January 12, 2022 | 09:03
U.S. Consumer Inflation: "Entrenched"
Another month, another big and broad increase in the prices paid by American consumers. Inflation showed no sign of easing in December, and wage pressures will only fan the coals this year. The CPI jumped 0.5%, a little more than expected, lifting the annual rate to 7.0%, the highest since June 1982. While energy prices pulled back (temporarily), food costs rose another 0.5% and are up 6.3% y/y. A larger 0.6% leap in core prices, even picking up from the prior month's hefty gain, boosted the yearly core rate to 5.5% from 4.9%, the highest since February 1991. This was the sixth time in nine months that core prices have risen by at least 0.5%. The 3-month annualized core rate is a hefty 6.9%, though the six-month metric eased to 4.8%. As per the recent trend, very few things are getting cheaper (auto insurance, recreation). Meantime, rents continued to rise at a solid 0.4% pace, clothing prices warmed up another 1.7%, and airfares spiked 2.7%. Again, the heftiest price increases were reserved for the auto space, with used vehicle prices accelerating 3.5% in the month and 37.3% y/y, while new auto prices rose 1.0% m/m and 11.8% y/y. Medical care costs were up 0.3% for a second straight month, but remain subdued compared to most other areas.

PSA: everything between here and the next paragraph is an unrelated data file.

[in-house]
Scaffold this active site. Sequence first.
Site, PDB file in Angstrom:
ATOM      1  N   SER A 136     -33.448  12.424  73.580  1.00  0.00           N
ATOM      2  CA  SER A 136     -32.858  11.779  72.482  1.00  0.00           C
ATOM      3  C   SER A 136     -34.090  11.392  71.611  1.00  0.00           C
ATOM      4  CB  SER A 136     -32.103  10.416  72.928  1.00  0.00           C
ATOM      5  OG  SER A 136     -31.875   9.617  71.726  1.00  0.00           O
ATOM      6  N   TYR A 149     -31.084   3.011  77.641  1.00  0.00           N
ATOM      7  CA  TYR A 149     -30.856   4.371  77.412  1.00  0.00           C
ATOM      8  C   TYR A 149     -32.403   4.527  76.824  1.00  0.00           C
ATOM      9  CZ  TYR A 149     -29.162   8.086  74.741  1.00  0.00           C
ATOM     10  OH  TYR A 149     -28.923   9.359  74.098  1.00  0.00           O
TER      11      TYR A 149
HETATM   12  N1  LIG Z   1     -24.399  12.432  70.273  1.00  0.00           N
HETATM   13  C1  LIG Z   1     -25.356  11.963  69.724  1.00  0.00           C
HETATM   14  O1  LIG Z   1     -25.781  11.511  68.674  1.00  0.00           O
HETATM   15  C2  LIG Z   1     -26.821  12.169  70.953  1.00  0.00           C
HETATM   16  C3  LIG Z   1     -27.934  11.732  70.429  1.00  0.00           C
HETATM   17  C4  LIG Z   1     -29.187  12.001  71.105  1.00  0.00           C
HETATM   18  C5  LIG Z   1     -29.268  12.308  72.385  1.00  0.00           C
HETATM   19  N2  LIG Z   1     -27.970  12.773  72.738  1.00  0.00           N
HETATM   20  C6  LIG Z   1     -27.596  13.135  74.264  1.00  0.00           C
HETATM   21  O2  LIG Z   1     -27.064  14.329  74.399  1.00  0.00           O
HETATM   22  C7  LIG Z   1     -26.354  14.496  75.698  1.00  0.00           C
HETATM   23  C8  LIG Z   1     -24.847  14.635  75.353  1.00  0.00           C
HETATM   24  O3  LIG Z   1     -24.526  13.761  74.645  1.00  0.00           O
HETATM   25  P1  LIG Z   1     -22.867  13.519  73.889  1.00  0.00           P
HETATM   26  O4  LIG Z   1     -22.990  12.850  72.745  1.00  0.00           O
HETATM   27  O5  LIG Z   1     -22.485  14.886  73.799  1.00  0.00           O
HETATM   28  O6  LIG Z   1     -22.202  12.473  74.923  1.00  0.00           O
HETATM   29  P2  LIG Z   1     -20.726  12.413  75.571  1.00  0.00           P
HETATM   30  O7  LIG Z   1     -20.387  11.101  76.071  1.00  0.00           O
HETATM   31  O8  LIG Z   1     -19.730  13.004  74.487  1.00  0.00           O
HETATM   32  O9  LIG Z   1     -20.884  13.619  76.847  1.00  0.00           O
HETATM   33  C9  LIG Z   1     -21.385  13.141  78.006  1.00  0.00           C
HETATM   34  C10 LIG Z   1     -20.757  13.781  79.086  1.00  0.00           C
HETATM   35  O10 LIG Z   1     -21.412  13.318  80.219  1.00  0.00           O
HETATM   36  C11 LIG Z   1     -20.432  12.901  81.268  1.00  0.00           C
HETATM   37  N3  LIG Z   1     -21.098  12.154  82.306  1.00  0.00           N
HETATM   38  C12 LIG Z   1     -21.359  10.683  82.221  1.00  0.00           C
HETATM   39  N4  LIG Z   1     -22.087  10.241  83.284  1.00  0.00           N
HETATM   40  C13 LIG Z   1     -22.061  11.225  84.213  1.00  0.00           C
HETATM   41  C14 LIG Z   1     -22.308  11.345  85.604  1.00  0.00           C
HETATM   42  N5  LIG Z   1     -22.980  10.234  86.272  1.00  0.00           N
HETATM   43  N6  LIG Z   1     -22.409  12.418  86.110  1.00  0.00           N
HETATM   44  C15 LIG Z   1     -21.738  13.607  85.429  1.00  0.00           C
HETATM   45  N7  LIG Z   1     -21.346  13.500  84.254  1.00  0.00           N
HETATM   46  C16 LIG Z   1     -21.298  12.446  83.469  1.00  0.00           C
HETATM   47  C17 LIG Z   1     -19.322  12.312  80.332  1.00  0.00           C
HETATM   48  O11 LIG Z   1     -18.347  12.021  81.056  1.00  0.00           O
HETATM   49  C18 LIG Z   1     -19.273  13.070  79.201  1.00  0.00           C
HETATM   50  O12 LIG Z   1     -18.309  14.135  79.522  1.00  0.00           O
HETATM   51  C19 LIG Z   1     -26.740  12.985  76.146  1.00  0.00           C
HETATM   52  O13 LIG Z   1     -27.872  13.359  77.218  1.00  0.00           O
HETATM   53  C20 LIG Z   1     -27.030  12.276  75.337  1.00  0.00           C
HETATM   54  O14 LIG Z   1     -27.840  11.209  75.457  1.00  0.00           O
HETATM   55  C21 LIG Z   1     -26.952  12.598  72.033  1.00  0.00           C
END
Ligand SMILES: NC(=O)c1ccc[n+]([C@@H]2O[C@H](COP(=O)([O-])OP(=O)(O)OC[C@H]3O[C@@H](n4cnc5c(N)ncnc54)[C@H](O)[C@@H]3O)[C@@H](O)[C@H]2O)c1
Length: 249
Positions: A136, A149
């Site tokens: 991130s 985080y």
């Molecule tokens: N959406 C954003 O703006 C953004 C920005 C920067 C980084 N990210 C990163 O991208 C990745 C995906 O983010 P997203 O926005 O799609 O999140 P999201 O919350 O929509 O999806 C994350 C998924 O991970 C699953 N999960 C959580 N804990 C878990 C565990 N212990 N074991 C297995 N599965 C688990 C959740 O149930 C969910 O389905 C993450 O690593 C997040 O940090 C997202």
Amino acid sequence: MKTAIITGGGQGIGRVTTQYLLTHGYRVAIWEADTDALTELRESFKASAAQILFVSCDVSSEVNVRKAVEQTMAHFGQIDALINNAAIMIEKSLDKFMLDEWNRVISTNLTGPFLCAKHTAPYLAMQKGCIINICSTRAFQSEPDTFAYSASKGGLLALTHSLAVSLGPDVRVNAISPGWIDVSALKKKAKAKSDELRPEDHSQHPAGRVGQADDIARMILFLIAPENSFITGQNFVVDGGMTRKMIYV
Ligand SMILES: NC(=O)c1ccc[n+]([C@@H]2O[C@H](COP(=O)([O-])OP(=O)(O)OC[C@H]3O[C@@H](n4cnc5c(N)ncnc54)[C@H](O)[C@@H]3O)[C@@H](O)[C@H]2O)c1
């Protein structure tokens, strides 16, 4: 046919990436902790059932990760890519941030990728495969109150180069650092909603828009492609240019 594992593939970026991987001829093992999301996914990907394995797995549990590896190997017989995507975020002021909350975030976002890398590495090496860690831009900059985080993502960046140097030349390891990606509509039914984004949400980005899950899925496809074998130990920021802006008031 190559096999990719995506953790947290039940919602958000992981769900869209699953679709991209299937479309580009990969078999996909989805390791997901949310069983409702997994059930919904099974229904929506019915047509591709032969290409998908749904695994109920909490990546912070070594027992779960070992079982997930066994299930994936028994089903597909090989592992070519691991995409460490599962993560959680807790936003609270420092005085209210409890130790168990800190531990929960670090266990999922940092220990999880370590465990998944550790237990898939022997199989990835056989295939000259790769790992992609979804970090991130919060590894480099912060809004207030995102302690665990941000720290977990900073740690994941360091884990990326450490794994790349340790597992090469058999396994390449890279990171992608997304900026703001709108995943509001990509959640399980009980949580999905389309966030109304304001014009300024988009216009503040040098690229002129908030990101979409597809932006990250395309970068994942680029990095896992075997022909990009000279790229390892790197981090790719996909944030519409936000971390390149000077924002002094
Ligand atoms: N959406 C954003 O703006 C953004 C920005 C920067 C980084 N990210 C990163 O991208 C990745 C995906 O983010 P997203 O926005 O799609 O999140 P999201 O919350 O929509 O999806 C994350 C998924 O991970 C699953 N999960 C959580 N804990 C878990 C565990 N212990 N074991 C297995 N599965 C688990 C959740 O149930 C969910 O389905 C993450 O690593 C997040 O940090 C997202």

Yesterday, Chair Powell warned that high inflation is a "severe threat" to the recovery, and that the Fed would need to act to prevent it from becoming "entrenched". He really didn't need to remind anyone that the economy no longer needs "aggressive stimulus", and today's report will only reinforce the view that the Fed might have fallen well behind the curve, and may need to catch up in a hurry. Over-heated demand is both aggravating supply shortages (including labour) and inflation pressures.